Nocturne Radio


Walter Dorwin Teague (American, 1883–1960), designer
Sparton Corporation, Jackson, Michigan, est. 1900, manufacturer




Blue mirrored glass, wood body, and chrome-plated and lacquered metal trim


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Purchase in honor of Linda Teetz, President of the Members Guild,1997-98, with funds from the Decorative Arts Acquisition Endowment

Accession #


On View

On View - Stent Family Wing, Level 3, Gallery 310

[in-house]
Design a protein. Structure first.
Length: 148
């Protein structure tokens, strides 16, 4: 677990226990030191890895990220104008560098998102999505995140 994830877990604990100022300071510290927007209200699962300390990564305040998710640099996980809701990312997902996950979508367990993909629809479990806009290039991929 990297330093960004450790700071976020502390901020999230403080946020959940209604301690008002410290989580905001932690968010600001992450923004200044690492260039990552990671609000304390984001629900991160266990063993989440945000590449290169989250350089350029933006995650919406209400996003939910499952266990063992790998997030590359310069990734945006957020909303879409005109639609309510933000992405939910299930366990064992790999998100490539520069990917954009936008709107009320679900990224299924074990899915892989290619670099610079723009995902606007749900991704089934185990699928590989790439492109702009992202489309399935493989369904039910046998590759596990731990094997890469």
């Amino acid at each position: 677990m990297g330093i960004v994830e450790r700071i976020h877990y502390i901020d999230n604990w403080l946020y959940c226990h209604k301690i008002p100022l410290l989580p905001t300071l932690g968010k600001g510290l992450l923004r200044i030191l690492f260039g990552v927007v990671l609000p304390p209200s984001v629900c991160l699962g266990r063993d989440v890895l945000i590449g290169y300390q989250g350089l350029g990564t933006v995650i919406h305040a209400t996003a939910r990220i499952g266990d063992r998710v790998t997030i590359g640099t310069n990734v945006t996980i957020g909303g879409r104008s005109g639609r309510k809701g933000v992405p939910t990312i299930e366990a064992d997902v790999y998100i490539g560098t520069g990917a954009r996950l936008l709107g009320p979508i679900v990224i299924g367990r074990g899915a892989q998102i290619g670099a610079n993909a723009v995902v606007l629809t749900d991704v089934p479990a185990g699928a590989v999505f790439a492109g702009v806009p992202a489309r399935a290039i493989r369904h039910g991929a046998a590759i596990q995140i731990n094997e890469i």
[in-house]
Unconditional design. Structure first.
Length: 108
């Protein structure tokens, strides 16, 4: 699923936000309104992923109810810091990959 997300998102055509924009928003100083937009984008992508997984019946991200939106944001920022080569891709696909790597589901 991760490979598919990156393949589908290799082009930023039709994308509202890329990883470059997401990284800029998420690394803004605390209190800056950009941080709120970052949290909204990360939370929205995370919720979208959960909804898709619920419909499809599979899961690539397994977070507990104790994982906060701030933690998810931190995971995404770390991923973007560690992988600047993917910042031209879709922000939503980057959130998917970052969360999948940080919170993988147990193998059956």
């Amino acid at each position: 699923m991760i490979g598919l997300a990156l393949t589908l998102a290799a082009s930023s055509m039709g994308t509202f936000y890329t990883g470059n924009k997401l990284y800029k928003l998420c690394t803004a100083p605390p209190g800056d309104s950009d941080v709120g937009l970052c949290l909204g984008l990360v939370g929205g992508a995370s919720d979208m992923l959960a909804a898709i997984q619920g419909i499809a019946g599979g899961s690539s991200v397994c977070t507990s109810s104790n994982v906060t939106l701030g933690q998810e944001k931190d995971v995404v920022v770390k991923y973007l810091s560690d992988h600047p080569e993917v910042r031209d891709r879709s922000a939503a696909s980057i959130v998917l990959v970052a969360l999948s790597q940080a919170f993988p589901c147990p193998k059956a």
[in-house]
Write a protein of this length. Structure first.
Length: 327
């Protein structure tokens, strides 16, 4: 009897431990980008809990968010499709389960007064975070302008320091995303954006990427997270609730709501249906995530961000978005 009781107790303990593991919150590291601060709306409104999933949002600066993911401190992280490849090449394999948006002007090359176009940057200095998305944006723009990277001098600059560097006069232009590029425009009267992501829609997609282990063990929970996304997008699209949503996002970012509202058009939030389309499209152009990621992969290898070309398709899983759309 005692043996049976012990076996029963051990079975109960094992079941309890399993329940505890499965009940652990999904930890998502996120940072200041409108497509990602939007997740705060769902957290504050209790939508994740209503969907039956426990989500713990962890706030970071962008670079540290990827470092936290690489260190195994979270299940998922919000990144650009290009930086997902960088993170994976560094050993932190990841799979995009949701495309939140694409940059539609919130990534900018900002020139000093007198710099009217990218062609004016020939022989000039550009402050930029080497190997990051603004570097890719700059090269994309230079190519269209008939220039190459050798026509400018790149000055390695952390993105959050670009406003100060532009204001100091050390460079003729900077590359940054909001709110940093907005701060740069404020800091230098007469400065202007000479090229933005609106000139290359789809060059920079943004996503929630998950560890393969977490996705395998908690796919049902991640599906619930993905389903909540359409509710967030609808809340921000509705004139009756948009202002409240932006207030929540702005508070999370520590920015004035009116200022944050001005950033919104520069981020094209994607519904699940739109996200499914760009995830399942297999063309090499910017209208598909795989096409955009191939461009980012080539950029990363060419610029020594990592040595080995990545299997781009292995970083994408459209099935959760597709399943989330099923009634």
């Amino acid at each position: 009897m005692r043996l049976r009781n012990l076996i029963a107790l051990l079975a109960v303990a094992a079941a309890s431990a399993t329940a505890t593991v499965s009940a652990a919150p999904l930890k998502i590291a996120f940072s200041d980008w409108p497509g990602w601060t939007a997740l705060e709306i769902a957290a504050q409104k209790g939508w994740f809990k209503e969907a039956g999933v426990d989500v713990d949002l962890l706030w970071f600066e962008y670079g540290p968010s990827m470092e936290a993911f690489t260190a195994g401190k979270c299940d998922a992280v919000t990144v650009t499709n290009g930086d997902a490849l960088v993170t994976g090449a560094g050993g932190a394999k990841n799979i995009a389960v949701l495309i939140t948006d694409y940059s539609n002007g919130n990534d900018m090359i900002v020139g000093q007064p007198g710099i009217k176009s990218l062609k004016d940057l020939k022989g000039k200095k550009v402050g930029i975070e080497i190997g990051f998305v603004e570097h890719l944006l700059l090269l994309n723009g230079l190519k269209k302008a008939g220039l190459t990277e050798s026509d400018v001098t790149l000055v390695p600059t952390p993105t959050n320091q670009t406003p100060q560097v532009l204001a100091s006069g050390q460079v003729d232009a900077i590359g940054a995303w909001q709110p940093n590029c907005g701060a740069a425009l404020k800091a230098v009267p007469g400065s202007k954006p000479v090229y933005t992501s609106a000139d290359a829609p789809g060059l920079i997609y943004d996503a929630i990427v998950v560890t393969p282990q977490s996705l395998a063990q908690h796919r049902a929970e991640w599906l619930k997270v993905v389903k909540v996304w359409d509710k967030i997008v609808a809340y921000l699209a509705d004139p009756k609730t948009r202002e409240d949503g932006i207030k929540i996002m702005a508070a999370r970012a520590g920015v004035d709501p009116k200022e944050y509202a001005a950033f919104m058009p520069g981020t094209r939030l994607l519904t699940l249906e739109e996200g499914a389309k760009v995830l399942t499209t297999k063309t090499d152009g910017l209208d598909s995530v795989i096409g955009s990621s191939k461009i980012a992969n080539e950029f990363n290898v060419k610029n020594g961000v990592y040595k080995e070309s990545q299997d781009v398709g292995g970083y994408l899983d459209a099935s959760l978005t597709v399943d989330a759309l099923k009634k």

Walter Dorwin Teague’s Nocturne radio is one of the most memorable and remarkable icons of the Machine Age in America. Geometric and classically balanced, the radio is one of the most forwardly modern expressions in American design from the 1930s. The circular reflection of the blue mirror together with precise chrome strips gives the radio a strong aesthetic impact. At the time of its introduction the radio retailed for $350, which put it out of reach for most Americans. It was often used in public spaces such as hotel lobbies; a smaller version called the Bluebird was also available. It was appropriate that this strong machine aesthetic be applied to a radio, which by the mid-1930s was the most advanced and widespread entertainment medium.